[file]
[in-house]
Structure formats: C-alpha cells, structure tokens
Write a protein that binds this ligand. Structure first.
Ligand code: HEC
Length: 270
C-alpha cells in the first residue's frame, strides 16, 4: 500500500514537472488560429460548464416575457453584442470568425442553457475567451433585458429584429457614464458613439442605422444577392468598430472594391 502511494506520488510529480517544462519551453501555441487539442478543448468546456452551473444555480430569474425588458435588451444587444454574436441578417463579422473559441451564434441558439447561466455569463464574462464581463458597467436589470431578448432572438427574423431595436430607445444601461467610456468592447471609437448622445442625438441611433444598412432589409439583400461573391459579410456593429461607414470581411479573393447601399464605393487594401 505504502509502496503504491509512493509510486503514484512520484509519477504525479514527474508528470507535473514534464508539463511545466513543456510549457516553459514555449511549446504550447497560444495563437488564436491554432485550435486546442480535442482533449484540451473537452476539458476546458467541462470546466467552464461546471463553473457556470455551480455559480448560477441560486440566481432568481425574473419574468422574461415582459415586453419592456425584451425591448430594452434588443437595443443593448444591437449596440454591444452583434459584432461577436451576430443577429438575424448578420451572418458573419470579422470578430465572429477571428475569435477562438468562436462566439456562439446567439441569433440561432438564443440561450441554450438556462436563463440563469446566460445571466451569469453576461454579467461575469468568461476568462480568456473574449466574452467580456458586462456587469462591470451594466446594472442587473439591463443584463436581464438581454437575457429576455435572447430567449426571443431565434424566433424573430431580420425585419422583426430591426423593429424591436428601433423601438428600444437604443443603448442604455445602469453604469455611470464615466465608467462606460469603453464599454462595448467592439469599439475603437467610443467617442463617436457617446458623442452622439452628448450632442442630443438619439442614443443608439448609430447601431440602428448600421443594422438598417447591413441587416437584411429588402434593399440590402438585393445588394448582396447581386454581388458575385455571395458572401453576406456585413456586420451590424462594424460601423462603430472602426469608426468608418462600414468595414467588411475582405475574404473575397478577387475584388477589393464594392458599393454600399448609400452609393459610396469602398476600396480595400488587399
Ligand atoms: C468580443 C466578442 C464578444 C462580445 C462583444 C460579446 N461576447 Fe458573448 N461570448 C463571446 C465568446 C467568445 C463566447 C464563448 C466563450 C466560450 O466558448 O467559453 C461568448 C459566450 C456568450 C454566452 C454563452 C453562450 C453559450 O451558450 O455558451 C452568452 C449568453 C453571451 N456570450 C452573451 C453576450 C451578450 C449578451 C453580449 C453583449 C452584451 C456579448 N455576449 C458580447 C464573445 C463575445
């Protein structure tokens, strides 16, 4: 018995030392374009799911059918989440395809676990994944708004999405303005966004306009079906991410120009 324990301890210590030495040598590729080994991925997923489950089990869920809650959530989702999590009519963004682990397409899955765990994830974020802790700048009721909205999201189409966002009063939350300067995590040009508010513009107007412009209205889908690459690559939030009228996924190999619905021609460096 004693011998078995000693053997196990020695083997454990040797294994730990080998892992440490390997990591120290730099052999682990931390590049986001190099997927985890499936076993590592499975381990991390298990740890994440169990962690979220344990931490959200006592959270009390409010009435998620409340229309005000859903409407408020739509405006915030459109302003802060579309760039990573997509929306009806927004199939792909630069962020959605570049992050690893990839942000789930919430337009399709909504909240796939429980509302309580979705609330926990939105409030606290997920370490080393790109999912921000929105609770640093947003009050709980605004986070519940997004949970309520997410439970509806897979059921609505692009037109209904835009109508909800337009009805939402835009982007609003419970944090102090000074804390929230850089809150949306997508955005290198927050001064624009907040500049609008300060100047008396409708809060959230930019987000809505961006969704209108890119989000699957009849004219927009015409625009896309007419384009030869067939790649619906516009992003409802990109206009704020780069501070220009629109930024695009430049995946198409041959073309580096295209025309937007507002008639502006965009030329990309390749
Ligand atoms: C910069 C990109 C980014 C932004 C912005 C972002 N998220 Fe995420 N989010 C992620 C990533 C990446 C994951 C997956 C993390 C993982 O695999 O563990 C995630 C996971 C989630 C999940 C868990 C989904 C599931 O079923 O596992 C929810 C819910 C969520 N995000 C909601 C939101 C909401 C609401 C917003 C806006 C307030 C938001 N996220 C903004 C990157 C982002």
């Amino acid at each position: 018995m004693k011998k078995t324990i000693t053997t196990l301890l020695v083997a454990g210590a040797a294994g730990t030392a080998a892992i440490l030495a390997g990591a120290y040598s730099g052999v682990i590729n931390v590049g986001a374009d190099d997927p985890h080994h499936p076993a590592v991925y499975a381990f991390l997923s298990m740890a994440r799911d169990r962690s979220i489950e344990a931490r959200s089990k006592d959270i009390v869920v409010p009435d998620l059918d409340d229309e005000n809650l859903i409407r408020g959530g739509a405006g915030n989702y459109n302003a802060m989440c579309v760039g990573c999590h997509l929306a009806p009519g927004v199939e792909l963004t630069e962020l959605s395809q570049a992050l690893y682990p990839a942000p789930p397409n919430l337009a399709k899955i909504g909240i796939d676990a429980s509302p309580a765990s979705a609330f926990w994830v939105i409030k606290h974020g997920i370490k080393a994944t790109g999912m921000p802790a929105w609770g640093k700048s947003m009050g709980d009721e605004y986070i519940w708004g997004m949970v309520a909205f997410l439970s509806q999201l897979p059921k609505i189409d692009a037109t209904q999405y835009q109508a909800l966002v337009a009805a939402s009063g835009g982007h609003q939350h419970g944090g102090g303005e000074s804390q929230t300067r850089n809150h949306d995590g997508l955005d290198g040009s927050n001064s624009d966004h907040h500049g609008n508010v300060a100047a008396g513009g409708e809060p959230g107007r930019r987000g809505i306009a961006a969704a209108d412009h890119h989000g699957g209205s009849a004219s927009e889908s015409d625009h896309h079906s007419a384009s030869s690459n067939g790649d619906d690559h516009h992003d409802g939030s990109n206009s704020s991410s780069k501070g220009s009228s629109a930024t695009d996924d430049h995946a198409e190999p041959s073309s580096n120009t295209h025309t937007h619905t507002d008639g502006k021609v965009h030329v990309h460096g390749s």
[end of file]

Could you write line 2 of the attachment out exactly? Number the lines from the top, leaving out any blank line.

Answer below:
Structure formats: C-alpha cells, structure tokens